March of Dimes

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My brain stopped working when the words Neonatal Intensive Care Unit came out of the doctors mouth. I sat on the exam table in my paper gown, strapped to monitors spitting out ticker-tapes, and tried to unhear those words. This is not an eventuality for which I had prepared myself. All those nights I stayed up worrying about things that could go wrong with this pregnancy, and I forgot to worry about preterm birth. The pregnant brain does funny things.

Terrible back pain had kept me up the previous night, I thought I must have a doozy of a pinched nerve. After that sleepless night, something told me I had better double check my list of warning signs, and sure enough back pain warranted a call to the consulting nurse. The nurse didn’t seem too concerned about it, but I was 33 weeks pregnant and, since it was the weekend, she thought I should stop in to Labor and Delivery to have them take a look, rather than waiting till Monday for a regular doctor visit.

I truly thought we would go in, wait forever to see the doctor, they would pronounce me a hypochondriac, and we would go out for dinner before going home.

Well, we did wait forever to see the doctor. When we got there, they got us right in to a triage room. They attached two monitors to my belly, one for the baby’s heartbeat, and the other for my contractions.

“Hey look, you just had a contraction.”

I did? I didn’t feel a thing. That’s right, sometimes labor sneaks up on you.

The nurse’s aid showed me how to read the tapes, the line with the spikes was my daughter’s heartbeat, the rolling hills were the contractions. And then she left. And we waited, and watched the spikes and rolling hills draw across a growing pile of paper. Until an alarm went off – my little one had moved away from the monitor. The nurse came in and repositioned the monitor and left. The alarm went off this way several times, and even went off once because the monitor ran out of paper. Finally, the doctor made her appearance.

She talked to us for a while, asked a lot of questions, then she did an exam. I was one centimeter dilated so she wanted to check me again in an hour to see if there was any change. So we waited and watched the ticker-tape some more. By now I had already learned how to move the monitor myself to chase my baby as she made her rounds of my womb. After an hour and a half, the doctor returned to check me again and see if we could get out of there and finally get something to eat. That’s when she started dropping words like preterm labor and Neonatal Intensive Care Unit. In 90 minutes I dilated an additional 2 centimeters.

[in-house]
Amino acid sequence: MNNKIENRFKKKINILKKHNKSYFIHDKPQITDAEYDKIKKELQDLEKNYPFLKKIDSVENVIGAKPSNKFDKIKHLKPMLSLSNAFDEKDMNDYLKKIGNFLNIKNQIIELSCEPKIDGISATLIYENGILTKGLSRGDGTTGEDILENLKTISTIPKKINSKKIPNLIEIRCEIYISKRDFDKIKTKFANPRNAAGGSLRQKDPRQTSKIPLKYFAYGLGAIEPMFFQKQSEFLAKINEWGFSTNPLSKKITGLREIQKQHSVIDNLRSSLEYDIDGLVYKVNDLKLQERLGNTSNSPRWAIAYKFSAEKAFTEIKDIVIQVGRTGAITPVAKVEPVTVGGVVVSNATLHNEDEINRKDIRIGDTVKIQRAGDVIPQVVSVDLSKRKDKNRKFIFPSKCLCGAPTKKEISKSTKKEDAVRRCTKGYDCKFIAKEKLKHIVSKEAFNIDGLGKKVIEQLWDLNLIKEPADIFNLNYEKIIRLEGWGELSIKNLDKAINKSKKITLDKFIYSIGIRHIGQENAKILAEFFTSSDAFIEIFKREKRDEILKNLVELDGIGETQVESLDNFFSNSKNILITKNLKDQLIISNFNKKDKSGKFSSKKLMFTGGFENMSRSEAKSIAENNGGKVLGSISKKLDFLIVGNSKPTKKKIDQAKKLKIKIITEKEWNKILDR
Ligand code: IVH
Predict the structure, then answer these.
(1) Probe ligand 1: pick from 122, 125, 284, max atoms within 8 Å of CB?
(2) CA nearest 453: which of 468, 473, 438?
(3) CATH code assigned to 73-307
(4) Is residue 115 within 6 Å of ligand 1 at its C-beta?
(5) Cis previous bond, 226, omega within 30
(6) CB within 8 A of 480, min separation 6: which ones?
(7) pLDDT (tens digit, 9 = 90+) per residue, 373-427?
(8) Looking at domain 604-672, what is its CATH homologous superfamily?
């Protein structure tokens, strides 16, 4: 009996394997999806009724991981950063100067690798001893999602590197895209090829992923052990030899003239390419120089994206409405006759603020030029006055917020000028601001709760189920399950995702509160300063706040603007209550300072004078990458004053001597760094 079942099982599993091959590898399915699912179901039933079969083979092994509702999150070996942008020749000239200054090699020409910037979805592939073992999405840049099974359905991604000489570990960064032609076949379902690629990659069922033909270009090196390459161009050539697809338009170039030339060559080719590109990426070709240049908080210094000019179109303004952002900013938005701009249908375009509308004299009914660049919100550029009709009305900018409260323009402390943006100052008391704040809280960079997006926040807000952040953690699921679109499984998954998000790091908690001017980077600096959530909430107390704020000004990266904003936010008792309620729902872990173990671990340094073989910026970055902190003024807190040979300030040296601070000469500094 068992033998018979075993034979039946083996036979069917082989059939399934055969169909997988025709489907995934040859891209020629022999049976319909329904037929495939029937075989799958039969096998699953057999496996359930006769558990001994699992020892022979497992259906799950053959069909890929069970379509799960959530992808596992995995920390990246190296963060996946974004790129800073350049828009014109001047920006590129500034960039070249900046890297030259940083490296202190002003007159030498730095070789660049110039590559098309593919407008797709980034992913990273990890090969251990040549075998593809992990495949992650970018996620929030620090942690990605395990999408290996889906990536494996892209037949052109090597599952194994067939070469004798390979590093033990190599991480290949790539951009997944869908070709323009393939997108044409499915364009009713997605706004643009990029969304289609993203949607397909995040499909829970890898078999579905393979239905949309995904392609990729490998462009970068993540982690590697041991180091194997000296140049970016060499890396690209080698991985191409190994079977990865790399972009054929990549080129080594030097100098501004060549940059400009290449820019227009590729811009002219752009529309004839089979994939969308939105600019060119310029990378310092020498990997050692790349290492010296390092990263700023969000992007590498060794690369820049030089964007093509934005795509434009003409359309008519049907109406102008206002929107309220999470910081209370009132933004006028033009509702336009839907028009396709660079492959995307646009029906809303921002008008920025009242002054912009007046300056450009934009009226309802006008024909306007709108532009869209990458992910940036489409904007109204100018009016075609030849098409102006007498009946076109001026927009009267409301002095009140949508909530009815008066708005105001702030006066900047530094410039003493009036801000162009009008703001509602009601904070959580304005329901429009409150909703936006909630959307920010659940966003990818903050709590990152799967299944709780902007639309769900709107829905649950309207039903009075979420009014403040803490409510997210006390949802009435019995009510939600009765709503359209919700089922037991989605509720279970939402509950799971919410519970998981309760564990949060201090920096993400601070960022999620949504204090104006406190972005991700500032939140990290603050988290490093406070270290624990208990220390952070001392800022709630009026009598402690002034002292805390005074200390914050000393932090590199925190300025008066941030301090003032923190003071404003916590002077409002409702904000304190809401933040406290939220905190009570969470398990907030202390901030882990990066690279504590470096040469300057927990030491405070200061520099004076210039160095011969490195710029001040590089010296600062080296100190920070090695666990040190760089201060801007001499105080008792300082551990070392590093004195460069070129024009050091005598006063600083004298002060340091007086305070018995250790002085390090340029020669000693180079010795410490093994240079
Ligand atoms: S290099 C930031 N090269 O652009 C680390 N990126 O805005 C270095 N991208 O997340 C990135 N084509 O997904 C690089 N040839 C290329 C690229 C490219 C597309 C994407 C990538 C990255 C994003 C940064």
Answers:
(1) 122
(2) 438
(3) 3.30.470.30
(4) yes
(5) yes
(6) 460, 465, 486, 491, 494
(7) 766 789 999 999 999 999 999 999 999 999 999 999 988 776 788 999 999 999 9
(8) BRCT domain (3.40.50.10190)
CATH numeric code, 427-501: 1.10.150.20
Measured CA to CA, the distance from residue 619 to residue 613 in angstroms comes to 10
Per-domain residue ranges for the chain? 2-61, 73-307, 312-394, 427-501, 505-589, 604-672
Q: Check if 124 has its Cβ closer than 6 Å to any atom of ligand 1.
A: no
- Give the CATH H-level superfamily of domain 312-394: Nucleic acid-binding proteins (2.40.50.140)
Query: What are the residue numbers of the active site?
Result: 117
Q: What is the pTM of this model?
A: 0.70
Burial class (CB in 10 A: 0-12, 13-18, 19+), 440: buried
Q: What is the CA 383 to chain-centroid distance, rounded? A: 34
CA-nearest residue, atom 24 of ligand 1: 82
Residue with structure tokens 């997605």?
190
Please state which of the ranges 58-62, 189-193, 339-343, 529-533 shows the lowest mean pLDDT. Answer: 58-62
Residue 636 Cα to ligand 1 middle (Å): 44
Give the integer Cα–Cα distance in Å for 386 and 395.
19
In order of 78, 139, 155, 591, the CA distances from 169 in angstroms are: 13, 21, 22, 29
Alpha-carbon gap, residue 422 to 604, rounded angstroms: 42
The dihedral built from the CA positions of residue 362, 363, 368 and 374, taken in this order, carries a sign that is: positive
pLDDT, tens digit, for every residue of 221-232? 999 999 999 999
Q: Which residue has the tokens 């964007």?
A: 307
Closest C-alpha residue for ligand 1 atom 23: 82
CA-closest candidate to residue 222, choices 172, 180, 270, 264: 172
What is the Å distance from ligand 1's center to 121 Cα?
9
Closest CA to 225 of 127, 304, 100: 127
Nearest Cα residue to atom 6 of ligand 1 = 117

This baby was trying to make her appearance seven weeks early.

The plan was to give me a shot of steroids today and another tomorrow. This would strengthen her lungs to help improve her survivability if she was born in the next couple of days. They started me on niphedipine to help slow down the process of labor, and they hooked up an IV of antibiotics to help guard against infection. In addition to the drugs, I was to stay flat on my back. Gravity, they have learned, has a role to play in moving labor along.

We were given plenty of time to digest this information as we waited for a room in the antepartum unit. I stayed in the hospital for eight days. In that time, I met several other expectant mothers with complicated pregnancies, most in much more dire circumstances than mine. One mother’s water broke at 20 weeks, another young woman had been airlifted to Seattle from Yakima, she didn’t speak English and had been in the hospital for over a month. Each mother’s story was heartbreaking and terrifying.

I know how lucky I am. Once things stabilized and my daughter reached a gestational age at which her birth would not be life threatening, they sent me home from the hospital with strict orders for bed rest. And bed rest, in this case, means flat on your back. I stayed pregnant, and in bed, for another 3 weeks. My daughter was born at 37 weeks, three weeks early, but perfectly healthy.

Amazing advances have been made in techniques for for saving the lives of infants born too soon. My daughter did not need to take advantage of them because of the amazing advances that have also been made in helping to prevent preterm birth. Thanks to the care we received, my daughter was born strong enough to breathe on her own.

For all these advances we’ve made, the United States still has a deplorable rate of preterm birth, birth defects, and infant mortality as compared to other nations around the world. This situation is particularly bad in Texas, Tennessee, North Carolina, and Oklahoma. We’ve made amazing advances, but there is so much more to be done.

Today I’m taking a moment to thank the March of Dimes for everything they do to help prevent birth defects and preterm birth.

And if you’re pregnant and your back hurts, talk to your doctor right away.

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